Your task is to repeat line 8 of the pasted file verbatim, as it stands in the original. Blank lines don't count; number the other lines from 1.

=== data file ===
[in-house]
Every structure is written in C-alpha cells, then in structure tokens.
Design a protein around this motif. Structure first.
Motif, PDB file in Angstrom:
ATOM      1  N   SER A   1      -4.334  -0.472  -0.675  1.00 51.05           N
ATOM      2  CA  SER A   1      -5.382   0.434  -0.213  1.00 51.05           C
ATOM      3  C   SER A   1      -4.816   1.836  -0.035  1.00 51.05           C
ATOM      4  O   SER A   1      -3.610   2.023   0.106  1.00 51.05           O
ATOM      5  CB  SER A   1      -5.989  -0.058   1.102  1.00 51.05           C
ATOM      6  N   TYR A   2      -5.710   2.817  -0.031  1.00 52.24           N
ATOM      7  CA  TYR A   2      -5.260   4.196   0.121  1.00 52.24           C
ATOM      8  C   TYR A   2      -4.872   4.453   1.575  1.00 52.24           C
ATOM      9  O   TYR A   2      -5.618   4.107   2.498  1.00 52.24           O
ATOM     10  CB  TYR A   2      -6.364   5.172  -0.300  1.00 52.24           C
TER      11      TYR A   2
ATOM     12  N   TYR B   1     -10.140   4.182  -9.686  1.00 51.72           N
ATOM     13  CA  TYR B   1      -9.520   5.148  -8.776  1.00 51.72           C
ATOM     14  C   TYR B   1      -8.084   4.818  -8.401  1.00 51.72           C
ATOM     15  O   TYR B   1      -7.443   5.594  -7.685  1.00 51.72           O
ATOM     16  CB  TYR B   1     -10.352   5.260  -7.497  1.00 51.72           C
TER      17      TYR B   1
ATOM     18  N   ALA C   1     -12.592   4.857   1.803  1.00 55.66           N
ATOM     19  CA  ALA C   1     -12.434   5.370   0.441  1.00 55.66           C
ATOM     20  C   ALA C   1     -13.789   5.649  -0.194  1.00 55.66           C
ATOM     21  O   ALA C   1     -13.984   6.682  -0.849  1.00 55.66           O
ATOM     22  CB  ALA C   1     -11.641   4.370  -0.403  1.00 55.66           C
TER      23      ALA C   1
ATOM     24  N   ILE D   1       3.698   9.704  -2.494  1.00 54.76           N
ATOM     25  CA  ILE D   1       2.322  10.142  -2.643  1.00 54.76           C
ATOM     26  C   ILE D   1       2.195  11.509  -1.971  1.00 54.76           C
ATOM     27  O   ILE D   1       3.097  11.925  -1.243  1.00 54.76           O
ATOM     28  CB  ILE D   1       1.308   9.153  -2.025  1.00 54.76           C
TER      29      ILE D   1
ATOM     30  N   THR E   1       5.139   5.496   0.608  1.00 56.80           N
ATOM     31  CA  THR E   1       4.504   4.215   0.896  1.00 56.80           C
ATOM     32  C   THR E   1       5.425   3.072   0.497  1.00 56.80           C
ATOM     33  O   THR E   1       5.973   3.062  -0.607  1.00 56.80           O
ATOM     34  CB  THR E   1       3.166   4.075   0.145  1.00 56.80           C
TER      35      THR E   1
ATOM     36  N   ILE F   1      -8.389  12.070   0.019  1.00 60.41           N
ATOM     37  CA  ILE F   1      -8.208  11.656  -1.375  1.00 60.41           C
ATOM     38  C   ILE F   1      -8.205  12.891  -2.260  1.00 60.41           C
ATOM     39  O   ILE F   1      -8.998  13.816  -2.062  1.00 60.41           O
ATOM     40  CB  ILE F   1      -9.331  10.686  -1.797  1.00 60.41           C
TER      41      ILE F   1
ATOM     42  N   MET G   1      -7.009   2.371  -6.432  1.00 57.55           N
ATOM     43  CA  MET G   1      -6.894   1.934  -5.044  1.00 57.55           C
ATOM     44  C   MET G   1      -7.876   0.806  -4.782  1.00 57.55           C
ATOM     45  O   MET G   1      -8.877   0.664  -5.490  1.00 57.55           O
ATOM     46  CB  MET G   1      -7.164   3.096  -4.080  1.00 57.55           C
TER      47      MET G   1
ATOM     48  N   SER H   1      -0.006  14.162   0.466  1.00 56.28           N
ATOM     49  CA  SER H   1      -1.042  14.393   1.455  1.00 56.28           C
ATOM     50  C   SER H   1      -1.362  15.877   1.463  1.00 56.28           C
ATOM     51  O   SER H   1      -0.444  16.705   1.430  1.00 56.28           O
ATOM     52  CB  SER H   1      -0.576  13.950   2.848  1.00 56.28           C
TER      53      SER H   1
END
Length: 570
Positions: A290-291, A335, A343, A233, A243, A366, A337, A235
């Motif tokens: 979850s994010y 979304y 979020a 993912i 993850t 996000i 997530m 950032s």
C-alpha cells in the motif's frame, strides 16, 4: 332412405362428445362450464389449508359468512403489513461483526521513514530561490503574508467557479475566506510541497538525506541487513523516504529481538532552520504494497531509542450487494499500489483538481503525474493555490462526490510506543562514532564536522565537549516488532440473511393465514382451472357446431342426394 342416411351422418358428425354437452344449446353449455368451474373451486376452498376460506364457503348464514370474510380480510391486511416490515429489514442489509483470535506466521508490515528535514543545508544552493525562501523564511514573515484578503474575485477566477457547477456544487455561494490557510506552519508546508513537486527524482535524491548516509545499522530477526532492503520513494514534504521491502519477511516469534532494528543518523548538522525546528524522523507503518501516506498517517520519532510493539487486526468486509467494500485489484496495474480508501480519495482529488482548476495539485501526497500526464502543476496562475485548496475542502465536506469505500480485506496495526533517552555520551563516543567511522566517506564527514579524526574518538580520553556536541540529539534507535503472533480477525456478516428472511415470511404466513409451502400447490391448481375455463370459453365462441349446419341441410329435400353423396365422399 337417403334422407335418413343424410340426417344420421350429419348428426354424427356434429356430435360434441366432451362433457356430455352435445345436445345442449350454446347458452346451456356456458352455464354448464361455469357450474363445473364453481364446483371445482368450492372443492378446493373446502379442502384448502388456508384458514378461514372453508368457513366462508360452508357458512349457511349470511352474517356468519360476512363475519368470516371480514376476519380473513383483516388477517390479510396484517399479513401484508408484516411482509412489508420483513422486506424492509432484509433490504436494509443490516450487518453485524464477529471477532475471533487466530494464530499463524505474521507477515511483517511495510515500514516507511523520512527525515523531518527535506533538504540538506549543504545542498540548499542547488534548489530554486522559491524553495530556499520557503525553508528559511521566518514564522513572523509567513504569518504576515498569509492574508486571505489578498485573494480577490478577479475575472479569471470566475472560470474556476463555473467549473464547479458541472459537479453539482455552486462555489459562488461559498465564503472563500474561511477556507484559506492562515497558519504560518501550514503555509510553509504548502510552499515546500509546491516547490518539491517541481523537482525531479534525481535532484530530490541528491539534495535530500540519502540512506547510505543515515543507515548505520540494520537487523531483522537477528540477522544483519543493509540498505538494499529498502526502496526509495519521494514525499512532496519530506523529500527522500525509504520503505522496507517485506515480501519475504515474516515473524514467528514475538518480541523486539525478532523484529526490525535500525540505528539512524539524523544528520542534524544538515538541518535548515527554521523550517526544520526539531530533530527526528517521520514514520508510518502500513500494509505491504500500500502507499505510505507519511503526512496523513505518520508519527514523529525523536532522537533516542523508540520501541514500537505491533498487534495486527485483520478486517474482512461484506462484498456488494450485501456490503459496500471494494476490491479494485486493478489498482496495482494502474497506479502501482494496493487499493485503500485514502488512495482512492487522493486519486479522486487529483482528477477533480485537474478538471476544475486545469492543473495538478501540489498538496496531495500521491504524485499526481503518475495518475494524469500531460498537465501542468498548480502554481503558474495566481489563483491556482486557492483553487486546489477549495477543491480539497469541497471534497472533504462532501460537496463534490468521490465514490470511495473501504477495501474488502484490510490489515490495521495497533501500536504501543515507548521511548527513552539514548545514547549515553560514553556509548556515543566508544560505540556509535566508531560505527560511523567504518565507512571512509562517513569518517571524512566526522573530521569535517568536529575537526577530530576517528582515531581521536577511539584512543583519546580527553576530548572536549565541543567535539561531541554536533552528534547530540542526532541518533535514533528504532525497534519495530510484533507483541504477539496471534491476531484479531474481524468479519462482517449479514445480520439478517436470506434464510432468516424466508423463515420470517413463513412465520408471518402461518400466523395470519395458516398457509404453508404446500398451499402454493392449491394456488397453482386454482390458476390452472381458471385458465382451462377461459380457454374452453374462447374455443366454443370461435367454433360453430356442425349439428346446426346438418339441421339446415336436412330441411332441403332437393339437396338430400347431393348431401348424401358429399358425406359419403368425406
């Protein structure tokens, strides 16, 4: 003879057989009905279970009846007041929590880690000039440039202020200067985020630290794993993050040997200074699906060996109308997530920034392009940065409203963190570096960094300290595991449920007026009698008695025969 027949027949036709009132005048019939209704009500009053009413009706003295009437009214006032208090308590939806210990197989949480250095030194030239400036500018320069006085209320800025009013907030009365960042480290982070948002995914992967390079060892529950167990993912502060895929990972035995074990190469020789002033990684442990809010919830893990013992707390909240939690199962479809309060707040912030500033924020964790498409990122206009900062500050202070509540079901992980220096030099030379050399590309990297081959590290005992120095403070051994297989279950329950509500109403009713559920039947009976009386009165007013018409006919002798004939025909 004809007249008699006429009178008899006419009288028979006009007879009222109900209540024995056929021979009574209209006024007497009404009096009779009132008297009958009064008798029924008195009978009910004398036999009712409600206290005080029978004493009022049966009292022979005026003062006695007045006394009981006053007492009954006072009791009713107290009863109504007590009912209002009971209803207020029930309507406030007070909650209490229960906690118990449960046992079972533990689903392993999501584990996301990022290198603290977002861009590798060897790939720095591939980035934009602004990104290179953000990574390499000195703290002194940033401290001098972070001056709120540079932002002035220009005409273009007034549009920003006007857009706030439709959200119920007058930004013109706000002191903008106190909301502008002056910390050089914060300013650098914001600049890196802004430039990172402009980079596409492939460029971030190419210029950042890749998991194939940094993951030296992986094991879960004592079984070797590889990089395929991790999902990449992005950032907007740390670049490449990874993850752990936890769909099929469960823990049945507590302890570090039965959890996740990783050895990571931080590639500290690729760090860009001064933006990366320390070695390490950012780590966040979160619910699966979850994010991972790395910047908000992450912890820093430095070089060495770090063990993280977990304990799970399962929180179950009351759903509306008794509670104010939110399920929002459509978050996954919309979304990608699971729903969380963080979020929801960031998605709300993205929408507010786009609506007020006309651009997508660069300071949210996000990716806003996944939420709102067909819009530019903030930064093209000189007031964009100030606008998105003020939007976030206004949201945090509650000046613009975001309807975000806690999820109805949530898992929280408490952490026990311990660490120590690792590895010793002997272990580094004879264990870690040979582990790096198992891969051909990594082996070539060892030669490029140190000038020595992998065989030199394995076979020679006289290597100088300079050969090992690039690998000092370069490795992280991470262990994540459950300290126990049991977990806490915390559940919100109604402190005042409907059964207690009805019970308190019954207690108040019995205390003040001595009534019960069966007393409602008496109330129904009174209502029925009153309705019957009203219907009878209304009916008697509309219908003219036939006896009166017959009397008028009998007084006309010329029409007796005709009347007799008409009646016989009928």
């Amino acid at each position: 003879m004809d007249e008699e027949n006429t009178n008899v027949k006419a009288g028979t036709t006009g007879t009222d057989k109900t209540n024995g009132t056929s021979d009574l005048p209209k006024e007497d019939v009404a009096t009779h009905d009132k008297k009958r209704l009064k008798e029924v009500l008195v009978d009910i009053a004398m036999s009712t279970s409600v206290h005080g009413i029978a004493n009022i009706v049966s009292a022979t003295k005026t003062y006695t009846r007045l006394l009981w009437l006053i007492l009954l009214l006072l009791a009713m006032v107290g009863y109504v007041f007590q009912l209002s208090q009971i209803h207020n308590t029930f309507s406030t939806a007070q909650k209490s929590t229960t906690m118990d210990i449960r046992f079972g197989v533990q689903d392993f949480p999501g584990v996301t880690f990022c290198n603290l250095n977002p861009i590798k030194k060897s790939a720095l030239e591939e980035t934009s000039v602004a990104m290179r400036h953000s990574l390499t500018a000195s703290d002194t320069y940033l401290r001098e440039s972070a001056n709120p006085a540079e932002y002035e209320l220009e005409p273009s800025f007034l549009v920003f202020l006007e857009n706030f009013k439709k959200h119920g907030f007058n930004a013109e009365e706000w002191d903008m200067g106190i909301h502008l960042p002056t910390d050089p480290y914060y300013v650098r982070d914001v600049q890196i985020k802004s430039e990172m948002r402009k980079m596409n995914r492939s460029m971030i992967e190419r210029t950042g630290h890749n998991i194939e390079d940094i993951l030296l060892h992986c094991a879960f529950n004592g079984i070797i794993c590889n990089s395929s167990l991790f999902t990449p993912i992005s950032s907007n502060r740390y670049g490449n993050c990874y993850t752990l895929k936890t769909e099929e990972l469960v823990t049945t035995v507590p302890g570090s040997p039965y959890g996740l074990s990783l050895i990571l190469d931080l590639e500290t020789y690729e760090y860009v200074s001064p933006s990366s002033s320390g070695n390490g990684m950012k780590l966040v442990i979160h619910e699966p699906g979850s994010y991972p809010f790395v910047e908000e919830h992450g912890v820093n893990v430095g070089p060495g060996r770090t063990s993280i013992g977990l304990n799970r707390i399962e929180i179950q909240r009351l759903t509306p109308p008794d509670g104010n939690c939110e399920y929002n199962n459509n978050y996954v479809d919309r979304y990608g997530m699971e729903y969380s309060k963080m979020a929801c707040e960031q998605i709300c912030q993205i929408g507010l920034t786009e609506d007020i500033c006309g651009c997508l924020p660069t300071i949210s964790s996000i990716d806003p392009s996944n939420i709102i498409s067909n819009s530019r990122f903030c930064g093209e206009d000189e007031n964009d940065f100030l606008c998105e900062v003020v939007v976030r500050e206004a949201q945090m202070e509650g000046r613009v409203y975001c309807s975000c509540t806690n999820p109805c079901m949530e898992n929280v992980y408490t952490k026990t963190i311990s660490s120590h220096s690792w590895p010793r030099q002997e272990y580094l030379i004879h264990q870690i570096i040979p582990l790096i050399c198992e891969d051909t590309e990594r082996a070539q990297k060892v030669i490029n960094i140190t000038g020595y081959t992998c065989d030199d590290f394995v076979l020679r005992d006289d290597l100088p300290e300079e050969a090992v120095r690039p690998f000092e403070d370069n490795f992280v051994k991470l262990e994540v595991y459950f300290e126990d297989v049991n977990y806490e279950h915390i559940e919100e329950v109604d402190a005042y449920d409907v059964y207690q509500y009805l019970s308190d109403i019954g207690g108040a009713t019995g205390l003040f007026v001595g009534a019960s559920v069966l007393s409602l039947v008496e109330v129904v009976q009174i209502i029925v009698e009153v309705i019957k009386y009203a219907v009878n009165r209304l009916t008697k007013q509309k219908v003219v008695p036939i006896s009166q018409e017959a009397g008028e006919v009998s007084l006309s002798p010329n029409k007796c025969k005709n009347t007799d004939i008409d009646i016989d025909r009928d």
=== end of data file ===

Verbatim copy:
ATOM      4  O   SER A   1      -3.610   2.023   0.106  1.00 51.05           O